If you own either of the Oculus Quest VR headset models, you’re about to get one heckuva must-buy gaming option… especially if you have access to a massive play space and a friend with a Quest system.
Space Pirate Trainer, one of the first arcade-shooter games to launch on the HTC Vive VR system in 2016, has continued receiving support on newer VR systems in the years since. Its next update, launching on September 9, is its biggest yet—and it’s entirely free for existing game owners. Dubbed Space Pirate Trainer Arena, the long-teased mode is currently an Oculus Quest exclusive, and it requires a massive play space and up to two untethered VR systems to enable real-world laser tag.
In the real world, you and a friend will stand on opposite sides of a large play space, like an indoor tennis or basketball court, and map out a Quest “chaperone” space for your system, no smaller than 10 m x 10 m (33 ft x 33 ft). Once the game starts, onlookers will see the two of you flailing around with headsets, looking like danged fools. In the VR space, however, you and your friend’s play will sync up, and you’ll each see a far more complicated virtual battlefield, full of walls, hallways, and other architecture, as if you’re inside an elaborate laser tag arena—with the object of finding and blasting your opponent before they do the same to you.
Cheating, by lifting your headset to examine the real world, won’t really work. You still need to confirm line-of-sight on your opponent in the virtual world to line up a shot. Nice try, though, jerk.
Whaddya wanna lug: Headsets or cardboard boxes?
The mode’s aesthetic resembles the original Space Pirate Trainer, albeit shifted into an indoor laser tag universe, and as the above gallery hints, the VR version includes five battling arenas, each designed with entirely different hallway layouts and hiding places. Players can also build their own levels with a built-in editor. As a result, your enjoyment can be boosted by how many entirely new battling arenas you can concoct out of thin air—which owners of plastic laser tag toy sets can’t necessarily do without lugging around a lot of cardboard boxes.
If you happen to have a large garage or otherwise sizeable battling space at your home, you can elect to play by yourself and connect to other game owners online or test out the mode’s single-player challenges. The catch here is that any sessions with a real-life friend within the game’s “Co-located Arena Mode” require both players to connect to the Internet to handshake with SPT’s servers before the system hands the battling off to a local peer-to-peer protocol. (The devs at I-Illusions pointed Ars to this article explaining how such a system will work on a technical level.) We’ll be testing exactly how much this system affects the game’s laser tag latency—and whether we face any issues connecting newer Quest 2 headsets to older Quest 1 models for such two-player battling.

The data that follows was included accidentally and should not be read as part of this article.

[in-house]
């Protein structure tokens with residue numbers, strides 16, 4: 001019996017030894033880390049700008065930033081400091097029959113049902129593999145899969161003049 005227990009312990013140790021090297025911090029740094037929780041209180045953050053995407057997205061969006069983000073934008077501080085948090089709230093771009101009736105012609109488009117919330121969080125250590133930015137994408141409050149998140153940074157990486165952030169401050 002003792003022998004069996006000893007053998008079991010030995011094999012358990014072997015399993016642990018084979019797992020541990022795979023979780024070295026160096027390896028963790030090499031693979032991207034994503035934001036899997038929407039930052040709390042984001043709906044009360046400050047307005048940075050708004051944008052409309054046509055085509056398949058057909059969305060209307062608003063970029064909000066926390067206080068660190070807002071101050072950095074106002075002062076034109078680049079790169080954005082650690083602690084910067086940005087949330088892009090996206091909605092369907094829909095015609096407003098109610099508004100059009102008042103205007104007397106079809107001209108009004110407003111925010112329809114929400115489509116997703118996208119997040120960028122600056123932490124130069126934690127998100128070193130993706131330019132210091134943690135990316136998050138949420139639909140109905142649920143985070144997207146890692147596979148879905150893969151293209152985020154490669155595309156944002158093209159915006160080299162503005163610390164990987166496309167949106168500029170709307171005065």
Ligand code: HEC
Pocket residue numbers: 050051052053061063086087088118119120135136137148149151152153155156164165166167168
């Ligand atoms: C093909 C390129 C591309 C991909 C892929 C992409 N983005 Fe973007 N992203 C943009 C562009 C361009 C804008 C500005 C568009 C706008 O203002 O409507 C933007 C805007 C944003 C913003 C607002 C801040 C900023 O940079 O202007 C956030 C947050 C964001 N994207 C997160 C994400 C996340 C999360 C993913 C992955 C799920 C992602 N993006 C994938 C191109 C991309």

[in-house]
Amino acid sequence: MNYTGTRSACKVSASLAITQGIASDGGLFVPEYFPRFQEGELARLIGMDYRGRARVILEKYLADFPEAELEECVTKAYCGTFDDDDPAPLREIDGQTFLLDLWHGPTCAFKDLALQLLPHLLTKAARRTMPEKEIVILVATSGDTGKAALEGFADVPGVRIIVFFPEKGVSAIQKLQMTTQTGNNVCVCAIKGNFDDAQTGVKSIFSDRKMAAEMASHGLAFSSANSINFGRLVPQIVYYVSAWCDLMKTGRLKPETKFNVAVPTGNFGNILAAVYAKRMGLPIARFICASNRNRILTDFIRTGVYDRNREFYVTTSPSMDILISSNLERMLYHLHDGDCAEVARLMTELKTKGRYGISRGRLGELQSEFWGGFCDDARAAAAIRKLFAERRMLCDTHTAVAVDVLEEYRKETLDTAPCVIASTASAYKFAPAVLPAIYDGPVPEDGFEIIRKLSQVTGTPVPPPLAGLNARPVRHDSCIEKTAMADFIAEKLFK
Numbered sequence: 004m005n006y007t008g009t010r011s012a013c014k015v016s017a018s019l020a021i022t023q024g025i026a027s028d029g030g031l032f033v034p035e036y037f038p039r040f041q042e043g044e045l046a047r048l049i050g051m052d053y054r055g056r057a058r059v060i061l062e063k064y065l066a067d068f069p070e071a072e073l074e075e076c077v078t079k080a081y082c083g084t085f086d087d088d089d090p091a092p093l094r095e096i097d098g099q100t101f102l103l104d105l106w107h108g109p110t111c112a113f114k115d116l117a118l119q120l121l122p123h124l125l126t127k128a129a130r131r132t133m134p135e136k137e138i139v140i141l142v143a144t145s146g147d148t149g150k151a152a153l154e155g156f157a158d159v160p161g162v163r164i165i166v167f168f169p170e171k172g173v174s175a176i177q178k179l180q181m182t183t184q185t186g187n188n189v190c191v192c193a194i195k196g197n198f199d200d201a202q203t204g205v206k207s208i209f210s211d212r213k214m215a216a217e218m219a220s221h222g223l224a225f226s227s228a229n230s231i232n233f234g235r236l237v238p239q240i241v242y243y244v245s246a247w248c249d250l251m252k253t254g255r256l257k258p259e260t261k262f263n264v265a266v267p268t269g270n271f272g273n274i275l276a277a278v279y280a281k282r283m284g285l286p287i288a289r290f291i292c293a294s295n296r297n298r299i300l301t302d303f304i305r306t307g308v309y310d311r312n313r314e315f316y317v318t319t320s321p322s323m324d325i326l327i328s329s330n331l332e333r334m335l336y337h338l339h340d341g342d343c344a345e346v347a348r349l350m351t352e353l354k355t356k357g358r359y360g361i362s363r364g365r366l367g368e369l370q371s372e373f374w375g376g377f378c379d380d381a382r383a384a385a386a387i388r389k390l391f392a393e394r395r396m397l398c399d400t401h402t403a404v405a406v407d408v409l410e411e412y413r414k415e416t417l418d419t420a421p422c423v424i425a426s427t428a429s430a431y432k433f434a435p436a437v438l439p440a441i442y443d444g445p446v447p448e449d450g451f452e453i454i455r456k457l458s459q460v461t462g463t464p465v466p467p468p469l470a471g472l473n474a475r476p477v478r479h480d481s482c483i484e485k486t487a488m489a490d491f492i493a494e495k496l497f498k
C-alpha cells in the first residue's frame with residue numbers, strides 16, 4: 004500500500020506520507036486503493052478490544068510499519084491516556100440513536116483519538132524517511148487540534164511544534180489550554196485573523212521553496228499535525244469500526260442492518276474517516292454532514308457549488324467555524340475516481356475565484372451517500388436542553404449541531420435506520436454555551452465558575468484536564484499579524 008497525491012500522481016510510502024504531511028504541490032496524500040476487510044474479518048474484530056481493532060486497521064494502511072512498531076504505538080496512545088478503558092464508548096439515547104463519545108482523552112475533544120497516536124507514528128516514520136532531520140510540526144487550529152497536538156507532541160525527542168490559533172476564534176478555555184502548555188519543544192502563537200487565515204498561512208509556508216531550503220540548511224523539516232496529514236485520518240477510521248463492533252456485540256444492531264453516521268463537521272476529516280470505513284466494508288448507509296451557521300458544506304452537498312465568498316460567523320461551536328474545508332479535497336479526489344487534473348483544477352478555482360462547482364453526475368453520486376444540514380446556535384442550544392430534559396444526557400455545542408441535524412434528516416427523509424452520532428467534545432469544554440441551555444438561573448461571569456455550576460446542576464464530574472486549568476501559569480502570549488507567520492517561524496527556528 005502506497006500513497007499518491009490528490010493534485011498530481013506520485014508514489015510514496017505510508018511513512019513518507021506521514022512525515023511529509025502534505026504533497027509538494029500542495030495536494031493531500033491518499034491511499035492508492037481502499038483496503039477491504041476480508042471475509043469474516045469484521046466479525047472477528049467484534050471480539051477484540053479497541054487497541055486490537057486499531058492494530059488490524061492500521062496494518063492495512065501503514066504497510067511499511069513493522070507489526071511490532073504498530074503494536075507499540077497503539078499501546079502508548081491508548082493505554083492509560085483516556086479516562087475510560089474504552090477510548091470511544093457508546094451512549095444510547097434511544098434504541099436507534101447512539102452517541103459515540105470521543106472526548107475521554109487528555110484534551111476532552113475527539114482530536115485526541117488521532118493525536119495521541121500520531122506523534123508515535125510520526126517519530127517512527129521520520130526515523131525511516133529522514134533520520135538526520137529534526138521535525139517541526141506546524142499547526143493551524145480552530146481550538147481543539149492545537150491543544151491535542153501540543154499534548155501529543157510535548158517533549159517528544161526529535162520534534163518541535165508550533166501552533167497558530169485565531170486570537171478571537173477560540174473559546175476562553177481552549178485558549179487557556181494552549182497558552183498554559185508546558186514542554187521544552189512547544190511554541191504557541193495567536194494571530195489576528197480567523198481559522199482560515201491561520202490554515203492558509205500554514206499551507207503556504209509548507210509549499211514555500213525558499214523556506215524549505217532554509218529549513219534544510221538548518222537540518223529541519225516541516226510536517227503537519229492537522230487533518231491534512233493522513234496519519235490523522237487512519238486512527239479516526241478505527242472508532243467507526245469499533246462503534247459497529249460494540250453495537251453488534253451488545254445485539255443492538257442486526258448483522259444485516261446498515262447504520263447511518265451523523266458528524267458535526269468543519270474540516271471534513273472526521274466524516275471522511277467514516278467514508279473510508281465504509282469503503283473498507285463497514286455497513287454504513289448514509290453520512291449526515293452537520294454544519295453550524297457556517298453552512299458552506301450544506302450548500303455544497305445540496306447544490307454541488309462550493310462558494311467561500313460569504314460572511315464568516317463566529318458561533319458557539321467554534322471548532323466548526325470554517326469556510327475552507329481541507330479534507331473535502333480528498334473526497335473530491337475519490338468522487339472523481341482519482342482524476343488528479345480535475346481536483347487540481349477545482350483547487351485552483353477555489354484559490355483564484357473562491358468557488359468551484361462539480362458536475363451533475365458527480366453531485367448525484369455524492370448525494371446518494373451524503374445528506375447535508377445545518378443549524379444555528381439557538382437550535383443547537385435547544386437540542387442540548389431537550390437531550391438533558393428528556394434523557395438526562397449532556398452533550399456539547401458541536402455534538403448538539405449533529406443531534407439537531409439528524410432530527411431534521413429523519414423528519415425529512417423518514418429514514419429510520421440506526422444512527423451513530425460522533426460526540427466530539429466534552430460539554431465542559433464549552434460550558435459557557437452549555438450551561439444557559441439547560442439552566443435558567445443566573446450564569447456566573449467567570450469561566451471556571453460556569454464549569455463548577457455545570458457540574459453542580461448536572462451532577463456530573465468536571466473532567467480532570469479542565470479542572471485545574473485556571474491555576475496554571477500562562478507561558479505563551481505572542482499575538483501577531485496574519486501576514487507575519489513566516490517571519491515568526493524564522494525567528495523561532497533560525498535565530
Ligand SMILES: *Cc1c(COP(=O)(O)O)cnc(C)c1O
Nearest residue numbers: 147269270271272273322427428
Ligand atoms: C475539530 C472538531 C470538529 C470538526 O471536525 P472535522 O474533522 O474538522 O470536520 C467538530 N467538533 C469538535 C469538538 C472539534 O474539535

And if you’re nowhere near a massive play space, the game’s September update includes another new online-versus mode that may be more up your alley. It more closely resembles the original Space Pirate Trainer single-player experience, with waves of enemies descending on you Galaga-style. Now, though, a second player is in the same virtual room as you and is contending with their own waves of enemies. Shoot the enemies targeting you (colored red) while avoiding the enemies targeting your opponent (colored green), and see who can last the longest.
Both modes are already intriguing in my very brief preview tests, and I’ll have more on the complete package, dubbed Space Pirate Trainer DX, once it formally launches on all Oculus Quest systems on September 9.
This is the first release of any such real-world battling concept on untethered, consumer-grade VR systems, and it’s one I have been dreaming of ever since Oculus reps demonstrated the concept at its Oculus Connect 2018 expo. That demo, pictured above, included a far more elaborate physical setup, complete with cardboard boxes placed exactly where the virtual world’s boxes and debris had been placed so that players could more physically fake a duck-and-cover assault, and it was in a larger space (4,000 square feet) with more players (two teams of three). Space Pirate Trainer Arena is admittedly more scaled-down, but we’ve yet to see VR arcades invest in that 2018 proof of concept with their own massive versus-battling zones.